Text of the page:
Your weekly recap celebrating significant milestones from more than seven decades of Billboard chart history.
July 23, 1988
After reaching the top five, but not No. 1, with each of his first three singles – "Don't Mean Nothing," "Should've Known Better" and "Endless Summer Nights" – Richard Marx crowned the Billboard Hot 100 at last with ballad "Hold On to the Nights," the fourth and final release from his self-titled debut album. Click here to listen to Marx muse about the achievement on the latest Billboard Chart Beat Podcast.
July 24, 1993
UB40 sent its reggae-spiced cover of Elvis Presley's "Can't Help Falling in Love" to No. 1 on the Billboard Hot 100. The song, from the Sharon Stone movie Sliver, would reign for seven weeks – that's even better than Presley's, which reached No. 2 in 1962.
July 25, 1981
Yacht rock ruled, as Air Supply crowned the Billboard Hot 100 with "The One That You Love." Although it's the Australian duo's sole No. 1, the pair arrived with seven consecutive top five smashes in 1980-82.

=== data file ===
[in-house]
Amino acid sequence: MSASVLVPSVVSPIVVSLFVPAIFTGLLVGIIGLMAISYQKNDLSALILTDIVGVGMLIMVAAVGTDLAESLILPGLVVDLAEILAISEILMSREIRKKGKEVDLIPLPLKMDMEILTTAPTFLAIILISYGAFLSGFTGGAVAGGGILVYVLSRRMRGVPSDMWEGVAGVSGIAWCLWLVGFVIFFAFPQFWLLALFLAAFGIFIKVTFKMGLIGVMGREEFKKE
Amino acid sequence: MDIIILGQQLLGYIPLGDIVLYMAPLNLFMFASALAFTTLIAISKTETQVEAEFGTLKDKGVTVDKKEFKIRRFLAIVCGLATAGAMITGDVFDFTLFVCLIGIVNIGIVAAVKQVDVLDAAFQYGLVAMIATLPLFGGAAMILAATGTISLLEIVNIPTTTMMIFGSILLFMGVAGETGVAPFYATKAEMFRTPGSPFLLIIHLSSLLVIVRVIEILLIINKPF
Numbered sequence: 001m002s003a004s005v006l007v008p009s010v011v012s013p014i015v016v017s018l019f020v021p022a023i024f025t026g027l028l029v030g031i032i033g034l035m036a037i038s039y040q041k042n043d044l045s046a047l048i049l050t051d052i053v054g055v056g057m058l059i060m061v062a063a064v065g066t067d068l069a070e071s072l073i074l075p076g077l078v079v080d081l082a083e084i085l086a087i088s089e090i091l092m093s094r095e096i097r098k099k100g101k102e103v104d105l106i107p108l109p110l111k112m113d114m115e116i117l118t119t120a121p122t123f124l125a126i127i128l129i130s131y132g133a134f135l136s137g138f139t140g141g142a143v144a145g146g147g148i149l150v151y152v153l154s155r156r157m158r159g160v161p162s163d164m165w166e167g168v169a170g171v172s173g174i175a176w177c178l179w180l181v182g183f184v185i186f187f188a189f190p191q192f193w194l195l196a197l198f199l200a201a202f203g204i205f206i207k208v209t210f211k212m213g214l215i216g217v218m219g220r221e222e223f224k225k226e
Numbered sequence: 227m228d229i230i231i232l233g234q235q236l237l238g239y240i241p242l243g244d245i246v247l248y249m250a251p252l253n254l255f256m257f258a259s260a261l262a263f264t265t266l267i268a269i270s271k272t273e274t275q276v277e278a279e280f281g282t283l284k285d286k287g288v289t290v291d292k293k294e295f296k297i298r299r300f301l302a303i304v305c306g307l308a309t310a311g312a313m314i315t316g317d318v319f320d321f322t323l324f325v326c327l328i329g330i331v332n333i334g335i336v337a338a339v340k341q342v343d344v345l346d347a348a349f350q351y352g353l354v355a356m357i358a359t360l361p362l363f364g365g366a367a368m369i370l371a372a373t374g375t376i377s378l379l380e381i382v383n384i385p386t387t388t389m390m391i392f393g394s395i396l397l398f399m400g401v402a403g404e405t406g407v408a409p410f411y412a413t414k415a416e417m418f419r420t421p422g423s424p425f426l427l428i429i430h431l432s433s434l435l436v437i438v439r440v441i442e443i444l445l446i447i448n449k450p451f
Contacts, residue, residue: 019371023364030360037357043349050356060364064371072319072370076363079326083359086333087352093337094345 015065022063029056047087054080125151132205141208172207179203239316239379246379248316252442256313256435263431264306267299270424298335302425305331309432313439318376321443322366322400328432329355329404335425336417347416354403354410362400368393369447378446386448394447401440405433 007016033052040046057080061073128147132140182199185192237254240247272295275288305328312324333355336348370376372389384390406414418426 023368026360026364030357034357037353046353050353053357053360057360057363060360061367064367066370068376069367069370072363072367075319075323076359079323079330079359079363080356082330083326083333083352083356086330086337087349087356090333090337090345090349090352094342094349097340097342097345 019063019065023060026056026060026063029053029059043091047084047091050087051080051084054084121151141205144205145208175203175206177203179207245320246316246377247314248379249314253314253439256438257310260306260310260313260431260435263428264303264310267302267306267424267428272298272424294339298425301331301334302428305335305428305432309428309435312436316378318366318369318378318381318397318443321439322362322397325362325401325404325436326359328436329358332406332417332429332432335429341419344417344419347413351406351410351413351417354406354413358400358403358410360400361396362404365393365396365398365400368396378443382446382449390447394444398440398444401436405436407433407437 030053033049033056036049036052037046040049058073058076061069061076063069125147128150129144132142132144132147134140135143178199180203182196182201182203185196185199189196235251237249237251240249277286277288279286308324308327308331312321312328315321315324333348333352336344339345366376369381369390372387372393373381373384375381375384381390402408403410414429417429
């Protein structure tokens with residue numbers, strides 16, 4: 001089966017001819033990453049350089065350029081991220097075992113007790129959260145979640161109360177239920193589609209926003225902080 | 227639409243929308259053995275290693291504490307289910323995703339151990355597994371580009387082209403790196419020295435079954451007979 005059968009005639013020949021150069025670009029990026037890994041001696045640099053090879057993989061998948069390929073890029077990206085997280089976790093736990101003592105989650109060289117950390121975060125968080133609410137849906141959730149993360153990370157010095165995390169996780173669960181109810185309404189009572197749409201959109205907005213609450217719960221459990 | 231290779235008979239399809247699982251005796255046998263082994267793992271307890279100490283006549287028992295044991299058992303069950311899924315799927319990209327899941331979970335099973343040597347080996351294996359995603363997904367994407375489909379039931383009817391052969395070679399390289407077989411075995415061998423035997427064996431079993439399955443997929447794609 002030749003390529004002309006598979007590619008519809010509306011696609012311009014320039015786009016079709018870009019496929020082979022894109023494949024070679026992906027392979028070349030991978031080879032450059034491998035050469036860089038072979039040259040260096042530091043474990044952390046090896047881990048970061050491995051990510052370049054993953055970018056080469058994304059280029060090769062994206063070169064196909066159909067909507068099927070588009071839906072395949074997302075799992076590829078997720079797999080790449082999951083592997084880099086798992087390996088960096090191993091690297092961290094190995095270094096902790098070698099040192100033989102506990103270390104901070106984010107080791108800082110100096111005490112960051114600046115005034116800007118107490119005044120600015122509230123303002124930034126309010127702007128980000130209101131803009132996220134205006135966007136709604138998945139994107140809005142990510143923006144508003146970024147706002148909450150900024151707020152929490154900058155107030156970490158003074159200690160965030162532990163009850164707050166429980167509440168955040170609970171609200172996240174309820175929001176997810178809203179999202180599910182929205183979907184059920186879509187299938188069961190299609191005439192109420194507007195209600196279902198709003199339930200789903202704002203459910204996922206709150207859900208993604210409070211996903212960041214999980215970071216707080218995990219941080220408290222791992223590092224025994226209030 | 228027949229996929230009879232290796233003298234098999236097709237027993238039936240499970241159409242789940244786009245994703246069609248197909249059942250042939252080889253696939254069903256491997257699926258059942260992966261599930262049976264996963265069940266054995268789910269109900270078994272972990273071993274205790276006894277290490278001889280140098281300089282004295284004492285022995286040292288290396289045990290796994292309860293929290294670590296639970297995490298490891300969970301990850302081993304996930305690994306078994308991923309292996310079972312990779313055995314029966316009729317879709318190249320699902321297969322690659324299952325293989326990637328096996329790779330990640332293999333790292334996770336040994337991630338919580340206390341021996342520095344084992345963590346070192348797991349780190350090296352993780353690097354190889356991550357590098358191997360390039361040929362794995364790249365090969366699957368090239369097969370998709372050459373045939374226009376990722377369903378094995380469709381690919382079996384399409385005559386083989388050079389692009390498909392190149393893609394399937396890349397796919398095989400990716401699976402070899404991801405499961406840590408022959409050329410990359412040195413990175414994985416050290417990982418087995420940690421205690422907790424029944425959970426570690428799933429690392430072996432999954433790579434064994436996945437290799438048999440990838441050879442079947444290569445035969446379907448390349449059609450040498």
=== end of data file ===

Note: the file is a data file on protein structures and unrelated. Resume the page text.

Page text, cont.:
July 26, 1975
Van McCoy's "The Hustle" rolled to No. 1 on the Billboard Hot 100. The song won the Grammy Award for best pop instrumental performance in 1976, despite the inclusion of a simple spoken command: "Do the hustle!"
July 27, 2002
Avril Lavigne made hitting No. 1 look simple, as "Complicated," her debut single, spent its first of eight weeks atop the Pop Songs airplay chart. She's since upped her count to five No. 1s on the tally, through "Girlfriend" in 2007.
July 28, 2007
Plain White T's strummed their way to No. 1 on the Billboard Hot 100 with their sing-along ballad "Hey There Delilah."
July 29, 2000
*NSYNC – Justin Timberlake, JC Chasez, Chris Kirkpatrick, Joey Fatone and Lance Bass – began a two-week stay at the Billboard Hot 100 summit with "It's Gonna Be Me," the only No. 1 of the boy band's six top 10s.